Two Plaintiffs Get Only Stub Bonus But Not Notice Bonus :

In Fulmar v Nordstrong Equipment ( 2017  ONSC 5529) Justice Diamond had a plaintiff who was terminated on December 12, 2016 and was awarded 10 months notice. His bonus arrangement called for discretionary bonus for based on the calendar year. The judge had no difficulty awarding him a bonus for 2016 as the ESA termination period alone ( 6 weeks ) would have taken him past the year end. However as the Plaintiff was awarded 10 months notice, his deemed end of employment was October 12, 2017, which was 2.5 months short of the bonus year end.

The judge denied the bonus over the notice period as he found that payment over that period was “not in the reasonable expectation of the plaintiff”.

Then in another case by the same judge and the same defendant (Singer v Nordstrong Equipment 2017 ONSC 5906) the judge awarded a 17 month notice period which covered all of the 2016 bonus year and 5 months of the 2017 bonus year. However the Judge decided against the Plaintiff saying as follows:

Issue #3         Is Singer entitled to payment of a 2017 and 2018 bonus? 

[40]           I have found that Singer is entitled to 17 months’ reasonable notice.  Singer further claims entitlement to a bonus that he would have received over that notice period (i.e. for all of 2017 and the first five months of 2018).  Singer argues that it is reasonable to forecast that his bonus over the 17 month notice period would have been at least equal to his 2016 bonus. 

[41]           As per my comments in Fulmer v. Nordstrong Equipment Limited 2017 ONSC 5529 (CanLII), I believe that Singer’s argument is overreaching.  The purpose of reasonable notice is to provide a terminated employee with sufficient time to locate comparable employment.  Historically, bonuses were earned and calculated at the conclusion of the defendant’s fiscal/calendar year, and no doubt granted on the basis of an employee’s positive efforts and contributions to Nordstrong East’s business. 

[42]           Subject to successful mitigation efforts, Singer’s employment with the defendant would have ended in or around May 2018.  The purpose of the defendant’s incentive plan is to maximize efforts to generate profits.  As in Fulmer, I do not find it to be within Singer’s reasonable expectation to be able to earn a bonus for the 2017 and 2018 fiscal years while he searched for alternative comparable employment.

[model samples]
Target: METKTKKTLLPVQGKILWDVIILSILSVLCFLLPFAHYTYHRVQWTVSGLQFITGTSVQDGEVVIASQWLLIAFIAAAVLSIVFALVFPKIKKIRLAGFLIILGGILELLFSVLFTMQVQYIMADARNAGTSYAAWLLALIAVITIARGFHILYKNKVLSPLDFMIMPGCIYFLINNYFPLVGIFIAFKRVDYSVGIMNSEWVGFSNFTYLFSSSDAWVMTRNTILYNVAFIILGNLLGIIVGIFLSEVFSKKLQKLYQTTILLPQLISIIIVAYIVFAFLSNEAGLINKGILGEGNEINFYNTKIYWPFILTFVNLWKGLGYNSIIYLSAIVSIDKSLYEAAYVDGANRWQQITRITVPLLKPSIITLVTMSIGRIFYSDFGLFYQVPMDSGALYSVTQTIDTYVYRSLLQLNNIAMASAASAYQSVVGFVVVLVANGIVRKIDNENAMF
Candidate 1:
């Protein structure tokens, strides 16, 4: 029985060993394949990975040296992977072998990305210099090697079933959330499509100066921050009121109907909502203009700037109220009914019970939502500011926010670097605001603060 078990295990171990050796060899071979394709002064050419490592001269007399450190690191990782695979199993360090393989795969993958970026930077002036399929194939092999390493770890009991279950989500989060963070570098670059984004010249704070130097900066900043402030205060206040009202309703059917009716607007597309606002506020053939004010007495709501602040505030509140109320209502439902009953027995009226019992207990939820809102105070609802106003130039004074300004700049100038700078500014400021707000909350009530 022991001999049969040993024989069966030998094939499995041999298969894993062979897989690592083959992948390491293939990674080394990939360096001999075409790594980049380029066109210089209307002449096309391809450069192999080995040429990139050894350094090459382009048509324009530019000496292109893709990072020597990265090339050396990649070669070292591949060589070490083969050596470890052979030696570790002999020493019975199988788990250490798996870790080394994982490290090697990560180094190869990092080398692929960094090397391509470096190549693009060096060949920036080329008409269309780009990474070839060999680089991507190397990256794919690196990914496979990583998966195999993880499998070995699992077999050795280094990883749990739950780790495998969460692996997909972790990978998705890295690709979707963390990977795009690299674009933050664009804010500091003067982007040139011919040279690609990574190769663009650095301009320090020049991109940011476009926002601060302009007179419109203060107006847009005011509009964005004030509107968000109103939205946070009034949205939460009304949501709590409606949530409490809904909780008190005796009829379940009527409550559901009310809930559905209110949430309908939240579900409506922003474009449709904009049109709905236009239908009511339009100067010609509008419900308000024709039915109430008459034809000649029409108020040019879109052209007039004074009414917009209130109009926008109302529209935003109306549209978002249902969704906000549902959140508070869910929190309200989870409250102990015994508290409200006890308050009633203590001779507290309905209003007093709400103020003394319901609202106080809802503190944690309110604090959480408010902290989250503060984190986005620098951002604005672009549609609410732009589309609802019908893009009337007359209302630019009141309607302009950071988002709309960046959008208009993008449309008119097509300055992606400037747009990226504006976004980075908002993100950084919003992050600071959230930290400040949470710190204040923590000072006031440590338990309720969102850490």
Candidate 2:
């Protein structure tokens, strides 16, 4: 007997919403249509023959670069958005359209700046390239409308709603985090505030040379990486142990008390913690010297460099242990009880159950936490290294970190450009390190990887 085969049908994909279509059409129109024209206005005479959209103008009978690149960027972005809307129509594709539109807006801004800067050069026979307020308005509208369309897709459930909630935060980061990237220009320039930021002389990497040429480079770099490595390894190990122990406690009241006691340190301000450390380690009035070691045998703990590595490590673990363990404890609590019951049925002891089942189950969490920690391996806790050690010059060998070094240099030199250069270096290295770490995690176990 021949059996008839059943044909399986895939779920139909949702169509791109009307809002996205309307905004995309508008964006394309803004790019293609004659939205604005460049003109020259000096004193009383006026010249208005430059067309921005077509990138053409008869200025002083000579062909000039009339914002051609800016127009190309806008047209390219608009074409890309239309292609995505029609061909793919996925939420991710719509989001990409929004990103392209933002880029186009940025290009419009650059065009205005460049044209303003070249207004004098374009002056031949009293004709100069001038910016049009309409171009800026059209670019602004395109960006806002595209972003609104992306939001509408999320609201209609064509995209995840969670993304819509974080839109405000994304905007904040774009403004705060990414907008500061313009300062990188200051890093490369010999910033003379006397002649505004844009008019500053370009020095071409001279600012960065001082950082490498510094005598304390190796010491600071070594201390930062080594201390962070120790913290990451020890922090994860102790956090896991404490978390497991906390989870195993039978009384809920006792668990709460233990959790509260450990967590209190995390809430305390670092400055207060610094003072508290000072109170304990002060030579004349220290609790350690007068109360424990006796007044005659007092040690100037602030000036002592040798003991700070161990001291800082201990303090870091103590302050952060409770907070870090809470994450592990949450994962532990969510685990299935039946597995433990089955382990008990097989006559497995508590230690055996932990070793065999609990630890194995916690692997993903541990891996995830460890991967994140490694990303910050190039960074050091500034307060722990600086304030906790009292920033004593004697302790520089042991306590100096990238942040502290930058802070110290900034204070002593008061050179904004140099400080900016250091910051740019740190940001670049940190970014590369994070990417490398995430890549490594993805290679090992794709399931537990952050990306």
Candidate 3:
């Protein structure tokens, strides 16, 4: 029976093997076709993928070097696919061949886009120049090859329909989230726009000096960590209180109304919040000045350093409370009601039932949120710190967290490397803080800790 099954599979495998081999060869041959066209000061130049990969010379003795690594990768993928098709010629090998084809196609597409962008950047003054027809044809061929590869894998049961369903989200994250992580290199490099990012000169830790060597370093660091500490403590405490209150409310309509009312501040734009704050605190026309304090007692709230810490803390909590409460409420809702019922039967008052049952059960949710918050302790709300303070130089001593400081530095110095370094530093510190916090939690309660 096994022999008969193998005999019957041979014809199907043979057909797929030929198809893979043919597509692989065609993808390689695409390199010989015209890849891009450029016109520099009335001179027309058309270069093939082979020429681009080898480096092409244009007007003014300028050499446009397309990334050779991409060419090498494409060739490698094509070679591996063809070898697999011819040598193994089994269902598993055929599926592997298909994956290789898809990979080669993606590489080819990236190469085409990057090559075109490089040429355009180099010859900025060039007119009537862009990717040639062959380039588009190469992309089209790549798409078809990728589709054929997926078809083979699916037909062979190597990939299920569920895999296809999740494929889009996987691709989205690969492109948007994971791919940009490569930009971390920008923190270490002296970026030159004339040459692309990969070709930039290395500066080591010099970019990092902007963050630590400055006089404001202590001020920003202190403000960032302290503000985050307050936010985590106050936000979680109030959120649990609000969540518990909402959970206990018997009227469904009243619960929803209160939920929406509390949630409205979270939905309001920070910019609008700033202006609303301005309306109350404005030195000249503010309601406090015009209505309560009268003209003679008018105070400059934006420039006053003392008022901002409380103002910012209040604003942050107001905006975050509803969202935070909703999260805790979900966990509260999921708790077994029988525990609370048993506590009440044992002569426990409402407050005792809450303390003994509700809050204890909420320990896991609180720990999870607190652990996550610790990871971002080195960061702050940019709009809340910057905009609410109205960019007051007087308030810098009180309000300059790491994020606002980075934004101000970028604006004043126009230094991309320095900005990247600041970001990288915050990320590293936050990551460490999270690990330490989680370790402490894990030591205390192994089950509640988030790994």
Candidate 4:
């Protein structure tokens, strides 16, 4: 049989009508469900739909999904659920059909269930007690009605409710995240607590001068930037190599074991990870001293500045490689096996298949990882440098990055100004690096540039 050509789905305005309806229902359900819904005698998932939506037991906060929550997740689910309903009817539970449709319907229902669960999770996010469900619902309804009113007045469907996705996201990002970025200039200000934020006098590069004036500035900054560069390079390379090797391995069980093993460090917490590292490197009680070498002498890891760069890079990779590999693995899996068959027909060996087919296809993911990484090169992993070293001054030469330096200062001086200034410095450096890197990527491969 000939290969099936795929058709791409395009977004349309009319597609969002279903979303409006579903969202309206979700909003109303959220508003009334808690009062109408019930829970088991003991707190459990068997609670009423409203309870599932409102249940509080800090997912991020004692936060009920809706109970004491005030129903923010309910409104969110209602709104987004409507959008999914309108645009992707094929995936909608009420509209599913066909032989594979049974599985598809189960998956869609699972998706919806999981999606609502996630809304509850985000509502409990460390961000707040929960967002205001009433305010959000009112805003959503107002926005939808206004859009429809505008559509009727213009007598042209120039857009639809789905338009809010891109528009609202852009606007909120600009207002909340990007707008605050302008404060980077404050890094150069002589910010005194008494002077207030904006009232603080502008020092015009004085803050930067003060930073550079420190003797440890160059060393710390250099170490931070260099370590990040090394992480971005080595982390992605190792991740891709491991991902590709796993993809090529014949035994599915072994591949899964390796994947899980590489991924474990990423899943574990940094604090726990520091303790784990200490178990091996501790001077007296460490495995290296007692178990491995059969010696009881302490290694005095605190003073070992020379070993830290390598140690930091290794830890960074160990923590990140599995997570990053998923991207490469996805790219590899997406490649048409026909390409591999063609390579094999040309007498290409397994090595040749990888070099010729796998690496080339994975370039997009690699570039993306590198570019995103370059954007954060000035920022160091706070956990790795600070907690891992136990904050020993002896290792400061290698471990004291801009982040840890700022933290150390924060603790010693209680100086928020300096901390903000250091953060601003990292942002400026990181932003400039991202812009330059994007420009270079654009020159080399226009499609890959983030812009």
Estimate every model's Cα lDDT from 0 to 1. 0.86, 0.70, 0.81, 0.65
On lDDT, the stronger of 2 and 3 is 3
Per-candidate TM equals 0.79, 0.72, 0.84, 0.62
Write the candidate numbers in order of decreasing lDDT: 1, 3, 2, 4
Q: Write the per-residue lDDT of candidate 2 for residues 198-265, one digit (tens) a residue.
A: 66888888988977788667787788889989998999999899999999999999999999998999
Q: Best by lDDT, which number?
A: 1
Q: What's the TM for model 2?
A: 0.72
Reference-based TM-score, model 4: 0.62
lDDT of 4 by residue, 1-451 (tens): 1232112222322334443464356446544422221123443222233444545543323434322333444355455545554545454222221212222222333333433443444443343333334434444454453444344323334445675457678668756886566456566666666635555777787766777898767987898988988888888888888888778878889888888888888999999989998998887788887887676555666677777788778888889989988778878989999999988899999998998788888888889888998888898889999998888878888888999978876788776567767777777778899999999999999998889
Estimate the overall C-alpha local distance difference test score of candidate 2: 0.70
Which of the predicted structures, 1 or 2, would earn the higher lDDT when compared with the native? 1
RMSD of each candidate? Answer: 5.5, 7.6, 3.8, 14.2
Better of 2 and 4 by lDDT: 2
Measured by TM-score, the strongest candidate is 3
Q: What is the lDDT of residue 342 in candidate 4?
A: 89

[43]           I therefore decline to award Singer any bonus for the 2017 or 2018 fiscal years. 

With the greatest of respect I think that this case is wrongly decided.

Why wouldn’t the Plaintiff believe that he would receive his total compensation during the notice period?

What if 90% of his income came from this bonus scheme, which is very common in the financial industry?

It is the Employer who decided to give pay in lieu of notice and not working notice as is required by law. Why should the employer benefit from their own decision to breach the plaintiff’s contract?

The law of damages is very simple, I learnt it in first year contracts.

In a case of breach of contract, the plaintiff is entitled to be put in the same position had the contract not been breached.

The Employer breached the contract by not giving reasonable notice of termination. The Plaintiff is entitled to every penny that he would have earned had he been given the opportunity to work out his notice period, including the bonus.

I am advised that these cases are being appealed.